• Fig. 4 The nanolite effect on viscosity.

    (A) Illustrates the measured relative viscosity (ηr = ηsuspensionoil) of analog magma made of silicon oil and spherical SiO2 nanoparticles of ~15-nm diameter at different shear rates. In (B), the relative viscosity from (A) is used to calculate the expected viscosity of nanolite-bearing melt with an initial viscosity of 200 Pa s (ηprojected = ηr × 200 Pa s), equivalent to Mt. Etna basalt at preeruptive conditions (temperature and water content). We also show the equivalent curve for microlites, using the relative viscosity of Mader et al. (26) for SiO2 microspheres, also in silicon oil at a shear rate of 1 s−1. It is clear that <10 volume % of nanoparticles is equivalent to >60 volume % of microparticles and can raise the viscosity to ~106 Pa s required for magma fragmentation (41). The traditionally calculated viscosity for <10 volume % microparticles according to the Krieger and Dougherty (75) model, as described by Mader et al. (26), would barely show above the x axis in these figures.

  • Fig. 5 Nanolite and pumice formation.

    (A) Simultaneous thermal analysis (STA) showing the heat flow (red) and weight loss (blue) during heating of a nanolite- and bubble-free Mt. Etna hydrous (H2O = 1.48 wt %) glass (experiment 1). The different thermal events are reported together with the onset of degassing that led to pumice formation in (B). (B) Picture of the recovered sample after STA measurement in (A). Note the considerable increase in the sample volume due to the development of a very high porosity. Before the measurement, the sample was a doubly polished dense nanolite- and bubble-free glass measuring 3 mm by 3 mm by 2 mm. Photo credit: Danilo Di Genova. (C) High-angle annular dark-field (HAADF)–STEM image of the pumice in (B). The rectangle shows the investigated area in (D) and (E) with STEM-EDS that suggests nanolites are Fe rich (E). (F) HAADF-STEM and (G) STEM-EDS images of the STA experiment 2 (stopped at 620°C). Note that the number density of nanolites is lower and their size is smaller than in (C).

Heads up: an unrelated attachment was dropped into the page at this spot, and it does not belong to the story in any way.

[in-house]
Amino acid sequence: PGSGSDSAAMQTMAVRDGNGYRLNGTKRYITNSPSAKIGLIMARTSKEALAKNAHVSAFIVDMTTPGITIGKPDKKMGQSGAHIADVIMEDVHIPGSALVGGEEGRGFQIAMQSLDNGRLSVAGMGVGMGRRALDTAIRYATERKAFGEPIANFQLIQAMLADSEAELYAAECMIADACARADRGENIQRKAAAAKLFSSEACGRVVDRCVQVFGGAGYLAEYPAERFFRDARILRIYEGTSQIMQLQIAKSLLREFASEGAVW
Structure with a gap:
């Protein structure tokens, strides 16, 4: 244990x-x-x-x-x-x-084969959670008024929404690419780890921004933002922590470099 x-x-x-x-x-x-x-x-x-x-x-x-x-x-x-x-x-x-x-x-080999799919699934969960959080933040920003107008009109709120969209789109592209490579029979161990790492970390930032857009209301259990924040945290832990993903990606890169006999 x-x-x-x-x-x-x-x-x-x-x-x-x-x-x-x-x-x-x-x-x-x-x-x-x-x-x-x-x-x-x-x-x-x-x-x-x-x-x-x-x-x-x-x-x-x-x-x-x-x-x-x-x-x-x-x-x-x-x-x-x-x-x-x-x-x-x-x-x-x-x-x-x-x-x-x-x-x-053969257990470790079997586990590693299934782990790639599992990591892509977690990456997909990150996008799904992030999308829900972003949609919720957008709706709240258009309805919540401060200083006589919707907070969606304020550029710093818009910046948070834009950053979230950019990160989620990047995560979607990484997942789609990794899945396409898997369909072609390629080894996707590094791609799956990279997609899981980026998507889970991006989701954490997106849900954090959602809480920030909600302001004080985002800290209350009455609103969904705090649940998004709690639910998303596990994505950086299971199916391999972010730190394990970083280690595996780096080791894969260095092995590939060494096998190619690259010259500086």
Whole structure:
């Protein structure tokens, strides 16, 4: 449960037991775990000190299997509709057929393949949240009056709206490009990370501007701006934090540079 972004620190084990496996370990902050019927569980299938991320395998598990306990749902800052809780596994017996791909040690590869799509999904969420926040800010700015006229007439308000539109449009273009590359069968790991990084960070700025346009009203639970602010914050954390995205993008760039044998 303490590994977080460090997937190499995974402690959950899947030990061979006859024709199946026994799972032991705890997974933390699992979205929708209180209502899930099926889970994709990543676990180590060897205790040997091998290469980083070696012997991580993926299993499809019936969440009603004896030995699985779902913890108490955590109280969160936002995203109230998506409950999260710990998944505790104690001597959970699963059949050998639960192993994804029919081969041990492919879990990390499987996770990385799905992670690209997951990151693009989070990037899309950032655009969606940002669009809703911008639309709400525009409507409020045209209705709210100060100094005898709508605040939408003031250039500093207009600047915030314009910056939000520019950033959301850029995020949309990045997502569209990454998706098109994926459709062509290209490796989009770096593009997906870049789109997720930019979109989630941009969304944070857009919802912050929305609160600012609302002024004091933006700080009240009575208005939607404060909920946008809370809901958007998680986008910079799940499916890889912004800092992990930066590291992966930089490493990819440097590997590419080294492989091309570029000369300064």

Supplementary Materials

  • Supplementary Materials

    In situ observation of nanolite growth in volcanic melt: A driving force for explosive eruptions

    Danilo Di Genova, Richard A. Brooker, Heidy M. Mader, James W. E. Drewitt, Alessandro Longo, Joachim Deubener, Daniel R. Neuville, Sara Fanara, Olga Shebanova, Simone Anzellini, Fabio Arzilli, Emily C. Bamber, Louis Hennet, Giuseppe La Spina, Nobuyoshi Miyajima

    Download Supplement

    This PDF file includes:

    • Sample descriptions for images in Figure 1
    • In situ XRD measurements
    • In situ SAXS-WAXS measurements
    • Modelling of nanoparticle agglomeration
    • Simultaneous Thermal Analysis (STA)
    • The time dependence of the nanolite viscosity effect
    • Appendix: Relationships used in agglomeration modelling
    • Figs. S1 to S10
    • References

    Files in this Data Supplement: